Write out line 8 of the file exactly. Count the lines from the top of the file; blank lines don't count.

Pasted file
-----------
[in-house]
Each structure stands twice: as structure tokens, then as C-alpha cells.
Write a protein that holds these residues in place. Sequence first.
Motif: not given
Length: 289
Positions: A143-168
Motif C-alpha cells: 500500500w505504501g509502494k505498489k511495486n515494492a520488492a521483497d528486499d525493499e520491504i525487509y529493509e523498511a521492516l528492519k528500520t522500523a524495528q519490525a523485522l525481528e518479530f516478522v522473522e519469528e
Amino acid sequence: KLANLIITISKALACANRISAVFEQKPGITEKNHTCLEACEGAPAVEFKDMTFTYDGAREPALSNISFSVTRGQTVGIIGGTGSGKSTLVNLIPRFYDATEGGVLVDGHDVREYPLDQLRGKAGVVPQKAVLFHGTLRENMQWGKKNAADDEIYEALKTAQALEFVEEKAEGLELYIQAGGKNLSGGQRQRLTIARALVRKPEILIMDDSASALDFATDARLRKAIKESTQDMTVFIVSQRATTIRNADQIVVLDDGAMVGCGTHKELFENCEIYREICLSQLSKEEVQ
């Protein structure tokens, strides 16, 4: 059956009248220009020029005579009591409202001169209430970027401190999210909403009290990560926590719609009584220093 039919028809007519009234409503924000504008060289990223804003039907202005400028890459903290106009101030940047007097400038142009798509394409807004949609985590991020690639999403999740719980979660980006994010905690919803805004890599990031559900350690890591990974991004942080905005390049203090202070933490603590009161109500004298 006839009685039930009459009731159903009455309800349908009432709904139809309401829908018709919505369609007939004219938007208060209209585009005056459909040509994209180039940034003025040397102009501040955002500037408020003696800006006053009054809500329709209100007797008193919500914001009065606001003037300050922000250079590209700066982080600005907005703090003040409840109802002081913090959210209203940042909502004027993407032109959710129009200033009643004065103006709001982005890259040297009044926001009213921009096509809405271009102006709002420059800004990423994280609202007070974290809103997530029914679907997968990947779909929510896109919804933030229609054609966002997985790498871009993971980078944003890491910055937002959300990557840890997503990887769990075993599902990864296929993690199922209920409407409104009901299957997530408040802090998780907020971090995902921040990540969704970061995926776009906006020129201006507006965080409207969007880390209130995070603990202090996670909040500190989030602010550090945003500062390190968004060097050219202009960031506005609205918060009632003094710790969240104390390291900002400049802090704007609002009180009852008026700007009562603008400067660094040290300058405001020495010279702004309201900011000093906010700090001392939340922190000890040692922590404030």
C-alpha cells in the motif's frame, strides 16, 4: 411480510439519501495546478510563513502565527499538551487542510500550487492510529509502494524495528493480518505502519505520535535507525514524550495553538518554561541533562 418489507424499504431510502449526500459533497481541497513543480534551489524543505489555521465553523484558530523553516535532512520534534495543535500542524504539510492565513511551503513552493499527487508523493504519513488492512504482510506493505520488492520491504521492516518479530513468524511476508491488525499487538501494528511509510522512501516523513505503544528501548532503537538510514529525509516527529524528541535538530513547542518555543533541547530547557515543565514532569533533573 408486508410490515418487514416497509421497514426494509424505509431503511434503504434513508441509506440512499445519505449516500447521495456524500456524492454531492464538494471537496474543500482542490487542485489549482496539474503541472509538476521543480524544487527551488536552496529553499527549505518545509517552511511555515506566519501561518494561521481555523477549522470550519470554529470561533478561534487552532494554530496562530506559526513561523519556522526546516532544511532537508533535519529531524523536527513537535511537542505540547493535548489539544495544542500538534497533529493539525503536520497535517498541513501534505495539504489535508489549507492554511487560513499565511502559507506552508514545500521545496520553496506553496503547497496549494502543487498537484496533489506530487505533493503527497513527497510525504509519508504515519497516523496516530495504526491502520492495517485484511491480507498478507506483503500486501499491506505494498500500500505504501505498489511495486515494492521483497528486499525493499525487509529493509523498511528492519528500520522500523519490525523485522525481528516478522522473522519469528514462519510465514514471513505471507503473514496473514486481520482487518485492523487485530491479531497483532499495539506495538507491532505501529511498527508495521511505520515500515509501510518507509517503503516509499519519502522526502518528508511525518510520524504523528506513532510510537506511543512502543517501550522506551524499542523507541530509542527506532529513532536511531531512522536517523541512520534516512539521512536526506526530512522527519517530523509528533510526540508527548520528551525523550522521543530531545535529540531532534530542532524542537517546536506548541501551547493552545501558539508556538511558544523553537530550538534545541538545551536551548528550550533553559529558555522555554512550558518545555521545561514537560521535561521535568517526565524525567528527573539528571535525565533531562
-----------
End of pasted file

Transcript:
Amino acid sequence: KLANLIITISKALACANRISAVFEQKPGITEKNHTCLEACEGAPAVEFKDMTFTYDGAREPALSNISFSVTRGQTVGIIGGTGSGKSTLVNLIPRFYDATEGGVLVDGHDVREYPLDQLRGKAGVVPQKAVLFHGTLRENMQWGKKNAADDEIYEALKTAQALEFVEEKAEGLELYIQAGGKNLSGGQRQRLTIARALVRKPEILIMDDSASALDFATDARLRKAIKESTQDMTVFIVSQRATTIRNADQIVVLDDGAMVGCGTHKELFENCEIYREICLSQLSKEEVQ